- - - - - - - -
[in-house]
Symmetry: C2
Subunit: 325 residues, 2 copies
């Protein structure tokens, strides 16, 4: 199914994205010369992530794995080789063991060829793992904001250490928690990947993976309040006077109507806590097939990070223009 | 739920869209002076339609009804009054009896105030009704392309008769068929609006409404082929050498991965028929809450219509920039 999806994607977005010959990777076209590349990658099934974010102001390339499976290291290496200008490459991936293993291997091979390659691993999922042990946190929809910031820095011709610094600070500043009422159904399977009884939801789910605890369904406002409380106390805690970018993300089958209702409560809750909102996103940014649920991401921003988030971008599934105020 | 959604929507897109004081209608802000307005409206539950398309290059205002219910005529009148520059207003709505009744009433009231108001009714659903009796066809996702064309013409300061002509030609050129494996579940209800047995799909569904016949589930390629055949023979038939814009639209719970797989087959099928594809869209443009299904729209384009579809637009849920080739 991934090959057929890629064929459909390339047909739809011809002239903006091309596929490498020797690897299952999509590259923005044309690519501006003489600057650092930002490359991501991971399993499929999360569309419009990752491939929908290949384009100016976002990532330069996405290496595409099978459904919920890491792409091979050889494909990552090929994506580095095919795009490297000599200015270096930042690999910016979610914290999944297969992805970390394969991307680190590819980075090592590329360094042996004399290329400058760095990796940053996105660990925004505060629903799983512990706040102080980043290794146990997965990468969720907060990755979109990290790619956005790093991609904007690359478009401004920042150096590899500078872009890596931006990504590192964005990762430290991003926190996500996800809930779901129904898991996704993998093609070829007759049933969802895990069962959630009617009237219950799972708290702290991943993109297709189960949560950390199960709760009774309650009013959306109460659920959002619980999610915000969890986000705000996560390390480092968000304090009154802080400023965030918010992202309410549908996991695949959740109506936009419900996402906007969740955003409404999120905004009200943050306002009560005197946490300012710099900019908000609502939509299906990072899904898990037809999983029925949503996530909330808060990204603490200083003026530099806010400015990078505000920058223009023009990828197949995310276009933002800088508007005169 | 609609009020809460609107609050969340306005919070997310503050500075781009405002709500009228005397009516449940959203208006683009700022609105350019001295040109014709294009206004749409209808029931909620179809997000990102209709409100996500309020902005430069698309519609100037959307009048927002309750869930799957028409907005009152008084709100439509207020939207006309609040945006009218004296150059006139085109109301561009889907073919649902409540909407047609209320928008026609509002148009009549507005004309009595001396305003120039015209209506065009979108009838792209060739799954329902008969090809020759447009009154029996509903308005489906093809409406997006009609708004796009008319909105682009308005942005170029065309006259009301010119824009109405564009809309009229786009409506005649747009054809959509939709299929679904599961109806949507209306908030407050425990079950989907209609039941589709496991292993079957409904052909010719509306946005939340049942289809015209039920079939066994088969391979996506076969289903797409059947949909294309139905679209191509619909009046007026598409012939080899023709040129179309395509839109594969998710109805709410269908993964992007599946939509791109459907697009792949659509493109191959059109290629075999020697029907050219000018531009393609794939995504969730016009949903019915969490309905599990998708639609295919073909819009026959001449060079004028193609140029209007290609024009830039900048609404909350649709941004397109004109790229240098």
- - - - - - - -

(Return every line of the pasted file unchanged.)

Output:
[in-house]
Symmetry: C2
Subunit: 325 residues, 2 copies
């Protein structure tokens, strides 16, 4: 199914994205010369992530794995080789063991060829793992904001250490928690990947993976309040006077109507806590097939990070223009 | 739920869209002076339609009804009054009896105030009704392309008769068929609006409404082929050498991965028929809450219509920039 999806994607977005010959990777076209590349990658099934974010102001390339499976290291290496200008490459991936293993291997091979390659691993999922042990946190929809910031820095011709610094600070500043009422159904399977009884939801789910605890369904406002409380106390805690970018993300089958209702409560809750909102996103940014649920991401921003988030971008599934105020 | 959604929507897109004081209608802000307005409206539950398309290059205002219910005529009148520059207003709505009744009433009231108001009714659903009796066809996702064309013409300061002509030609050129494996579940209800047995799909569904016949589930390629055949023979038939814009639209719970797989087959099928594809869209443009299904729209384009579809637009849920080739 991934090959057929890629064929459909390339047909739809011809002239903006091309596929490498020797690897299952999509590259923005044309690519501006003489600057650092930002490359991501991971399993499929999360569309419009990752491939929908290949384009100016976002990532330069996405290496595409099978459904919920890491792409091979050889494909990552090929994506580095095919795009490297000599200015270096930042690999910016979610914290999944297969992805970390394969991307680190590819980075090592590329360094042996004399290329400058760095990796940053996105660990925004505060629903799983512990706040102080980043290794146990997965990468969720907060990755979109990290790619956005790093991609904007690359478009401004920042150096590899500078872009890596931006990504590192964005990762430290991003926190996500996800809930779901129904898991996704993998093609070829007759049933969802895990069962959630009617009237219950799972708290702290991943993109297709189960949560950390199960709760009774309650009013959306109460659920959002619980999610915000969890986000705000996560390390480092968000304090009154802080400023965030918010992202309410549908996991695949959740109506936009419900996402906007969740955003409404999120905004009200943050306002009560005197946490300012710099900019908000609502939509299906990072899904898990037809999983029925949503996530909330808060990204603490200083003026530099806010400015990078505000920058223009023009990828197949995310276009933002800088508007005169 | 609609009020809460609107609050969340306005919070997310503050500075781009405002709500009228005397009516449940959203208006683009700022609105350019001295040109014709294009206004749409209808029931909620179809997000990102209709409100996500309020902005430069698309519609100037959307009048927002309750869930799957028409907005009152008084709100439509207020939207006309609040945006009218004296150059006139085109109301561009889907073919649902409540909407047609209320928008026609509002148009009549507005004309009595001396305003120039015209209506065009979108009838792209060739799954329902008969090809020759447009009154029996509903308005489906093809409406997006009609708004796009008319909105682009308005942005170029065309006259009301010119824009109405564009809309009229786009409506005649747009054809959509939709299929679904599961109806949507209306908030407050425990079950989907209609039941589709496991292993079957409904052909010719509306946005939340049942289809015209039920079939066994088969391979996506076969289903797409059947949909294309139905679209191509619909009046007026598409012939080899023709040129179309395509839109594969998710109805709410269908993964992007599946939509791109459907697009792949659509493109191959059109290629075999020697029907050219000018531009393609794939995504969730016009949903019915969490309905599990998708639609295919073909819009026959001449060079004028193609140029209007290609024009830039900048609404909350649709941004397109004109790229240098």